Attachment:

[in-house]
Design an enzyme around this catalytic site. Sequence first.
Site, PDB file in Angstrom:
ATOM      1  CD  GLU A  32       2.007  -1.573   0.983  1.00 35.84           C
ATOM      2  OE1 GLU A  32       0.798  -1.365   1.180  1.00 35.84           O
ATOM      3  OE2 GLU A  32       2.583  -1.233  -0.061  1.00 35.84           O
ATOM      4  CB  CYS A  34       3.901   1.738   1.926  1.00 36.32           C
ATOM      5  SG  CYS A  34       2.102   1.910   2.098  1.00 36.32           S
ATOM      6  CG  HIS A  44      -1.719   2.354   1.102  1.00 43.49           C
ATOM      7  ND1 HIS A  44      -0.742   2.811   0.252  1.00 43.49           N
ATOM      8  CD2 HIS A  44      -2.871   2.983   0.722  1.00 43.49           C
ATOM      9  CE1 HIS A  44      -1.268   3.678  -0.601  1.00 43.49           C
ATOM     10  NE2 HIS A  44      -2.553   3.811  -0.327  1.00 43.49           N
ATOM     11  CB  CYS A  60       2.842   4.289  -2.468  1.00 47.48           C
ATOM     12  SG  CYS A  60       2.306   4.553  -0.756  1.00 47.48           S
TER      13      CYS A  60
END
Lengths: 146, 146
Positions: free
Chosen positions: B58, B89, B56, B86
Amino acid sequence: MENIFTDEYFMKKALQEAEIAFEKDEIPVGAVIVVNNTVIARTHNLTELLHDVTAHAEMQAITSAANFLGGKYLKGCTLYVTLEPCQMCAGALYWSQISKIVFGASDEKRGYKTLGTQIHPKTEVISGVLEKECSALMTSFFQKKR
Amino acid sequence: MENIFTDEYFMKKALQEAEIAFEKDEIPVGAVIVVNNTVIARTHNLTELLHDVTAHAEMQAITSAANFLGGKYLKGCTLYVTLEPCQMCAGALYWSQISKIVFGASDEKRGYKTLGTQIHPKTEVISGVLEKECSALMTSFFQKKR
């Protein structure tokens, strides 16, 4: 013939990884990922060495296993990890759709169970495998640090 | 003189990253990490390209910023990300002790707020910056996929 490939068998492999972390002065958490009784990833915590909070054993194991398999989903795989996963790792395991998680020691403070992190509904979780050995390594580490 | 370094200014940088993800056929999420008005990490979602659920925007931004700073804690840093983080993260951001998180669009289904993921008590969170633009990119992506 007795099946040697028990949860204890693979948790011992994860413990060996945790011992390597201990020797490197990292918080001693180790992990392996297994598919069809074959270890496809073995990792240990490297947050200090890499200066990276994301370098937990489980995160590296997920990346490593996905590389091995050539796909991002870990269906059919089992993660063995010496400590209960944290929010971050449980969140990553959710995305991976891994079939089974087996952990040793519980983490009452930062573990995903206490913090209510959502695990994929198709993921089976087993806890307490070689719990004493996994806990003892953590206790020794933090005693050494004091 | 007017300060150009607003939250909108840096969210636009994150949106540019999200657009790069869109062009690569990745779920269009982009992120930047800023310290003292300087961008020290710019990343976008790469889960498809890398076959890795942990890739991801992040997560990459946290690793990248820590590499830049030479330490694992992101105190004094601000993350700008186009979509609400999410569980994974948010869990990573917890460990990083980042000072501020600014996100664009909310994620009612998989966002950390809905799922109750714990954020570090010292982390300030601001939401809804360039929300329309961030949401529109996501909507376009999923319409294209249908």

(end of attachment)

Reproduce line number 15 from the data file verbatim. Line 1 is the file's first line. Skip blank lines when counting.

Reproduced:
ATOM     12  SG  CYS A  60       2.306   4.553  -0.756  1.00 47.48           S